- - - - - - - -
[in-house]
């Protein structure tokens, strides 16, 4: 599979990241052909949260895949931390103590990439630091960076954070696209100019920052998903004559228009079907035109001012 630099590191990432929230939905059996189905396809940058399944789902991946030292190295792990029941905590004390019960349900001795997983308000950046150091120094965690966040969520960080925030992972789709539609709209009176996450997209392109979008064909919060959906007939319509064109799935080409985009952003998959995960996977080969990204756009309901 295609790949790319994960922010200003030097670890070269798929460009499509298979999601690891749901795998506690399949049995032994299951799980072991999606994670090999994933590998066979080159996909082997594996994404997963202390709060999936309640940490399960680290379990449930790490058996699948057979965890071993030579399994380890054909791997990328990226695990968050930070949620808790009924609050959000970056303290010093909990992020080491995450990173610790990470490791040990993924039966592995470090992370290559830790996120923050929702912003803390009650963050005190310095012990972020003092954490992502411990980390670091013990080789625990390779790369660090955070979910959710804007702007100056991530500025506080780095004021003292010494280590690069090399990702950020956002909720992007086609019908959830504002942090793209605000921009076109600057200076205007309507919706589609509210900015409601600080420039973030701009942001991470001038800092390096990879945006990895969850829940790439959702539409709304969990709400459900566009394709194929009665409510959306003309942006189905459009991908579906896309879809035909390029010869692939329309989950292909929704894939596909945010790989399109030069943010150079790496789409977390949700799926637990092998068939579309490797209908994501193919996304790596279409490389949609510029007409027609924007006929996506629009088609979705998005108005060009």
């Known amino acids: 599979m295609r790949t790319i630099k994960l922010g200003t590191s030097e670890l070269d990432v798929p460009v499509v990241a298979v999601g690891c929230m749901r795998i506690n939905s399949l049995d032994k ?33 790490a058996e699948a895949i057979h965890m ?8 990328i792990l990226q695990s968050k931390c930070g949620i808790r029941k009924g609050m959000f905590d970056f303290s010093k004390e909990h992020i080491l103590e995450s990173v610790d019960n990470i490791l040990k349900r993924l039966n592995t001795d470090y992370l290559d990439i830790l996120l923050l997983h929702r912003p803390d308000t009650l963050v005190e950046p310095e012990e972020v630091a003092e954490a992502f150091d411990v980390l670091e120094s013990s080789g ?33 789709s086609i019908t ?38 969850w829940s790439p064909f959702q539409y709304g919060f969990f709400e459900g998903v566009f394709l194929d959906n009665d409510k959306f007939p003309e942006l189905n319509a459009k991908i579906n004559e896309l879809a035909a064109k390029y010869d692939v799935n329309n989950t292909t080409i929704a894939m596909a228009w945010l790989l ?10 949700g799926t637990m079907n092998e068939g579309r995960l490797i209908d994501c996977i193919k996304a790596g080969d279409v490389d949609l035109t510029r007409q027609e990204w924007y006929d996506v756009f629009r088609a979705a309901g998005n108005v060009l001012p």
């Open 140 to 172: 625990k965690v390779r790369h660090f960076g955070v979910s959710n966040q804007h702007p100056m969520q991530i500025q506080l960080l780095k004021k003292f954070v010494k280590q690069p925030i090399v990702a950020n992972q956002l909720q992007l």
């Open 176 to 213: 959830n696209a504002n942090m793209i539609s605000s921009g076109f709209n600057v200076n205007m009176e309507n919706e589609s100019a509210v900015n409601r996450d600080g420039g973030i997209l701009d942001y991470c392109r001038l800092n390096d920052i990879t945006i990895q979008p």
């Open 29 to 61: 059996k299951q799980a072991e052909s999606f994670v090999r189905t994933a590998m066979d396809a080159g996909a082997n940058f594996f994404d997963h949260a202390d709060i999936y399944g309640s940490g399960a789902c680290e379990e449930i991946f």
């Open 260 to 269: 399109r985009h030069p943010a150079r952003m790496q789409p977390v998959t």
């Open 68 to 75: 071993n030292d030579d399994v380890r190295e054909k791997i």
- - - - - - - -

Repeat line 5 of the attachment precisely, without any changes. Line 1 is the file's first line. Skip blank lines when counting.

């Open 176 to 213: 959830n696209a504002n942090m793209i539609s605000s921009g076109f709209n600057v200076n205007m009176e309507n919706e589609s100019a509210v900015n409601r996450d600080g420039g973030i997209l701009d942001y991470c392109r001038l800092n390096d920052i990879t945006i990895q979008p």